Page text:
CHARLESTON, W.Va. -- A century ago this month, coal strikes in Eastern Kanawha County turned so bloody that then-Gov. William E. Glasscock declared a state of war on Cabin Creek and placed the district under martial law, the first of three such proclamations he issued.
The strike began on Paint Creek on April 18, 1912, then spread to Cabin Creek after company officials rejected demands from members of the United Mine Workers for higher wages. Many miners also challenged having to work 10 hours a day, six days a week.
To commemorate the 100-year anniversary of these events, the West Virginia Division of Culture's Archives and History Library will hold a forum at 1 p.m. on Saturday, Sept. 22 at the Culture Center at the Capitol. The event is free to the public.
I have been asked to moderate a panel, so for two hours on Saturday, we will have the opportunity to discuss the West Virginia Mine Wars with:
Ayers is currently completing her father's book on Mother Jones, an iconic figure in the coalfield wars in the early 20th Century. Back in 1986, Savage published the first edition of his earlier book, "Thunder in the Mountains: The West Virginia Mine Wars, 1920-21." The book has been re-published several times.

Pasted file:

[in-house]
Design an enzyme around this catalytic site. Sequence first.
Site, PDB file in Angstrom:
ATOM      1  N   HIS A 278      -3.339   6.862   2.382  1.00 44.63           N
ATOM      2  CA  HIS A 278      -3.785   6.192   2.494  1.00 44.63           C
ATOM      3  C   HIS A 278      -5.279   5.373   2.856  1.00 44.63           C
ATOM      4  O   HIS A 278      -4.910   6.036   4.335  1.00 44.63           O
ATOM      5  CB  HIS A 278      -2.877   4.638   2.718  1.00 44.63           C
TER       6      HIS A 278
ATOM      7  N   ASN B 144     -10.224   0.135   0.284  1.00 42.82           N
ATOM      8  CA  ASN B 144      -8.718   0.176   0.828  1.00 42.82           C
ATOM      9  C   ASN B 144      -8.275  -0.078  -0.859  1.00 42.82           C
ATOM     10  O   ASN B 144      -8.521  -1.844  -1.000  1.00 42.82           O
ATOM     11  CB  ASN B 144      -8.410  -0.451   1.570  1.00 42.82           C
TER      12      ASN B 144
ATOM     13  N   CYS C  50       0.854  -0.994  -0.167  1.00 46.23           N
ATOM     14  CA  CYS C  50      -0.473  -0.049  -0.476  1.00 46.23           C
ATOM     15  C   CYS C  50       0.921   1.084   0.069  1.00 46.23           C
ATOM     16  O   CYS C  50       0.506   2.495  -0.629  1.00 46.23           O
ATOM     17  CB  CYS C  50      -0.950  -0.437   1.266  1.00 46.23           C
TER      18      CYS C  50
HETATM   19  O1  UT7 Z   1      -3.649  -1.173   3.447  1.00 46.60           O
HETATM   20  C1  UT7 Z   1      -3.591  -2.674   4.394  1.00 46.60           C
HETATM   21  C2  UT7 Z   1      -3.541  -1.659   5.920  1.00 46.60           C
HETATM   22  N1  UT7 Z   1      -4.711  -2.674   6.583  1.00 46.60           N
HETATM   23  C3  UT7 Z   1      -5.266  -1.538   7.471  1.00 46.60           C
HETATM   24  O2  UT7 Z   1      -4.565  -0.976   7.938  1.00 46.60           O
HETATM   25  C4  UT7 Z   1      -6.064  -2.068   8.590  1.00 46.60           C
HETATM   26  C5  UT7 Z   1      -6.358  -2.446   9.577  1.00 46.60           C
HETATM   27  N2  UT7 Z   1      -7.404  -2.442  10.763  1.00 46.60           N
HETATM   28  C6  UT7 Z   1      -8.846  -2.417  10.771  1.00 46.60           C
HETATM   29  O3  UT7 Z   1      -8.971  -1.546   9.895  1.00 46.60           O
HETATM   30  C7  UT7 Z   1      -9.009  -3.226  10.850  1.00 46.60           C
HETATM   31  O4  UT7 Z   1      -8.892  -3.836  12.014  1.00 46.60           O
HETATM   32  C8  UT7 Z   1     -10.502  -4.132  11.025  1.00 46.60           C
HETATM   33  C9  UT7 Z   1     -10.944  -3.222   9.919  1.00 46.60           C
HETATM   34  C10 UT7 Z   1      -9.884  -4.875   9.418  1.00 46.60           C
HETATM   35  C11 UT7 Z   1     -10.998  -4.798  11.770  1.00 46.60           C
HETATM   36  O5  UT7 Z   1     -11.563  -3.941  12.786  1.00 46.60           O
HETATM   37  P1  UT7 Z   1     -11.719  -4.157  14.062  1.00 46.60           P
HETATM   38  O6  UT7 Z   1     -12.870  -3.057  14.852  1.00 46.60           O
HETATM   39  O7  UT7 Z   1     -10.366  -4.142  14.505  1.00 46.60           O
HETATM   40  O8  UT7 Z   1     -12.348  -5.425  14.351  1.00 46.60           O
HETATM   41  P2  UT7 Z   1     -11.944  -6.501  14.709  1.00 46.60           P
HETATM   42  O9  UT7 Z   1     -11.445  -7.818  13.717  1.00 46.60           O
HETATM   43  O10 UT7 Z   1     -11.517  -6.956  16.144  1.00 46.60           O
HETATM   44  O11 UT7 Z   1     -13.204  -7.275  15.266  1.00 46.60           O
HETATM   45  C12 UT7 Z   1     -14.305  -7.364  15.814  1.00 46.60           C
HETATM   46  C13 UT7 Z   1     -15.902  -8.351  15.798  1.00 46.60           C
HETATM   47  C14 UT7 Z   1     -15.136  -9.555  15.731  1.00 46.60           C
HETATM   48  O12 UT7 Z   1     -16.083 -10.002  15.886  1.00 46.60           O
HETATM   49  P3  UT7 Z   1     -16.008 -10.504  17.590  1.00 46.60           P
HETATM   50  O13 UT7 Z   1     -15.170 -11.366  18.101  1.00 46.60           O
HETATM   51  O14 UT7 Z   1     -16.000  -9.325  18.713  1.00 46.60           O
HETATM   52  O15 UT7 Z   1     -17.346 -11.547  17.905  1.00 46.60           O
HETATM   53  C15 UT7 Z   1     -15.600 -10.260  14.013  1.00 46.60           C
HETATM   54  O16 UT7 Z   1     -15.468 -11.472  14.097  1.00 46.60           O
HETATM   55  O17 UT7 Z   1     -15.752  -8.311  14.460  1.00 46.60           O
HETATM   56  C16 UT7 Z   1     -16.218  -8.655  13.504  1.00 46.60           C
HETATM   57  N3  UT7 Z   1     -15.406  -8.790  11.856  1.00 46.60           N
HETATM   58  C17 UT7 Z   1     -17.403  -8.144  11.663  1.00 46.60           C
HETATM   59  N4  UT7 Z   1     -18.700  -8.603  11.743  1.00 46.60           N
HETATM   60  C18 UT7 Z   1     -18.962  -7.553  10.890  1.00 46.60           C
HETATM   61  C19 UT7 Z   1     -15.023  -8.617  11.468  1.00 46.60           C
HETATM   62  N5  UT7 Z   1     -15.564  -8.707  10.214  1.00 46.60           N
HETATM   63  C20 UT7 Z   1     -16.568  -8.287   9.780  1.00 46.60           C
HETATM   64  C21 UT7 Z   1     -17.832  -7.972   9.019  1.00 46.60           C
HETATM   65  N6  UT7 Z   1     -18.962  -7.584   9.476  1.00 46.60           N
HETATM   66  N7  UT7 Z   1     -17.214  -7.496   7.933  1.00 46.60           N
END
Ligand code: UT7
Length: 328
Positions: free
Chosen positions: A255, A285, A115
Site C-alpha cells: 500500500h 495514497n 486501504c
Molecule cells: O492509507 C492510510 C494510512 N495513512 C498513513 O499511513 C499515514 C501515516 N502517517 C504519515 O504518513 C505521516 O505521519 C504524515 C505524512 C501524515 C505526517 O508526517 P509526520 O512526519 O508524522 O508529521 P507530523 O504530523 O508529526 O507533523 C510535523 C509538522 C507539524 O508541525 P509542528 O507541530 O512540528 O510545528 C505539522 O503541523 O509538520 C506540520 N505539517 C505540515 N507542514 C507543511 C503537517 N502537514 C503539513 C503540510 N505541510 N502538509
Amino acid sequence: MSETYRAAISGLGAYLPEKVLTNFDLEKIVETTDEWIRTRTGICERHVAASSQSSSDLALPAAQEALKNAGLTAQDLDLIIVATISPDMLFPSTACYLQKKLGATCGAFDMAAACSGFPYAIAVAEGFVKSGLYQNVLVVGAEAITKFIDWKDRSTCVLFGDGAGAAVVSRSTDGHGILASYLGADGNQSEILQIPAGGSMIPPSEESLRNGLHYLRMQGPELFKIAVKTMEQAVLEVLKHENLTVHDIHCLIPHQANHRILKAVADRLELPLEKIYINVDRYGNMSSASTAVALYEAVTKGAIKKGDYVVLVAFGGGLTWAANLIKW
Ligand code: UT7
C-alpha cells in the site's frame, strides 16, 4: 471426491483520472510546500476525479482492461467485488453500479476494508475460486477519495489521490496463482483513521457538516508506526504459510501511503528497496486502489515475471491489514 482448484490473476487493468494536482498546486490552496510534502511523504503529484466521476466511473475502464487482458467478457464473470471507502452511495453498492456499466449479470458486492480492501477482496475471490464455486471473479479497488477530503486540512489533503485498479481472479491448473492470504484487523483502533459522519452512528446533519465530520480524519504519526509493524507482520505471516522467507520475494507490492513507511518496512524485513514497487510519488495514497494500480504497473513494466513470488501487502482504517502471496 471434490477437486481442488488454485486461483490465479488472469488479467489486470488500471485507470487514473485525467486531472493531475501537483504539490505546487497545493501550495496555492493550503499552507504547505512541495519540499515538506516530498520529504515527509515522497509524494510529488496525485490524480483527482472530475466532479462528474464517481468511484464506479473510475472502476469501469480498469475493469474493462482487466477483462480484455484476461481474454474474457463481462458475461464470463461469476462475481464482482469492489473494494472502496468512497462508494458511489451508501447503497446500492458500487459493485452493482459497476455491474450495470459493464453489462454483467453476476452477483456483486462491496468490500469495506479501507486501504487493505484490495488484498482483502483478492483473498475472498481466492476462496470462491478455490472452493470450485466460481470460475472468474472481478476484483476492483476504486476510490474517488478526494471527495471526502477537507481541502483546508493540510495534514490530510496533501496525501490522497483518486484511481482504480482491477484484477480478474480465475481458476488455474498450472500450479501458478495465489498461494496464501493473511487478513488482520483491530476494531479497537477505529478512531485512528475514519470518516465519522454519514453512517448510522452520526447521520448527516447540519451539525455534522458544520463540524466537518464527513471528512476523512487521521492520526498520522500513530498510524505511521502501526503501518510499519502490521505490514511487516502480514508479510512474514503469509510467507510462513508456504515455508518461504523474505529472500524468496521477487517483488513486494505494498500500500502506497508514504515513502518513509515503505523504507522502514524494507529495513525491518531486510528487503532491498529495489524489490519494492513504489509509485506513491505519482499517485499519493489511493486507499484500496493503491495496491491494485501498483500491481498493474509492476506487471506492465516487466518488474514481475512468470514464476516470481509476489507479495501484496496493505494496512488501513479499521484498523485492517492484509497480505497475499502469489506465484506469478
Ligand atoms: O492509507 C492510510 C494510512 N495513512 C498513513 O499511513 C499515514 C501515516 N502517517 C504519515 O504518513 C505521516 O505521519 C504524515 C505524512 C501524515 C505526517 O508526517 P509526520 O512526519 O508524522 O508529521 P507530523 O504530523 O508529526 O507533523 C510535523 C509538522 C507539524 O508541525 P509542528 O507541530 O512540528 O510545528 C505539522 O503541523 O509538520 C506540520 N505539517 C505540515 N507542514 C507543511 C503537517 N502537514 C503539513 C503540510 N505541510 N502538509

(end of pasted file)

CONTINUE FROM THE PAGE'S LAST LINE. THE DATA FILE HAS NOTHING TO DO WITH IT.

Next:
At this time 100 years ago, union organizing efforts had stepped up in West Virginia. Coal operators began bringing in mine guards, many from the Baldwin-Felts Detective Agency based in Bluefield. Guards and miners were both well-armed with shotguns, rifles and machine guns.
As the conflict escalated, Gov. Glasscock imposed martial law on Paint and Cabin Creeks, first on Sept. 2, 1912; then Nov.15, 1912; and Feb. 10, 1913.
The last proclamation followed the infamous Bull Moose Special attack. To counter striking miners, coal companies sent the Bull Moose Special into mining camps. It was a train filled with armed guards that escorted trains carrying non-union miners and was used to shoot into towns and tent camps occupied by striking miners and their families. The Bull Moose Special's best-known confrontation came on Feb. 7, 1913, when guards on the train attacked a tent colony in Holly Grove on Paint Creek.
During this time, more than 200 miners and their supporters were arrested, including "Mother" Mary Harris Jones, the nationally-known labor leader who was 76 when arrested on Feb. 12, 1913.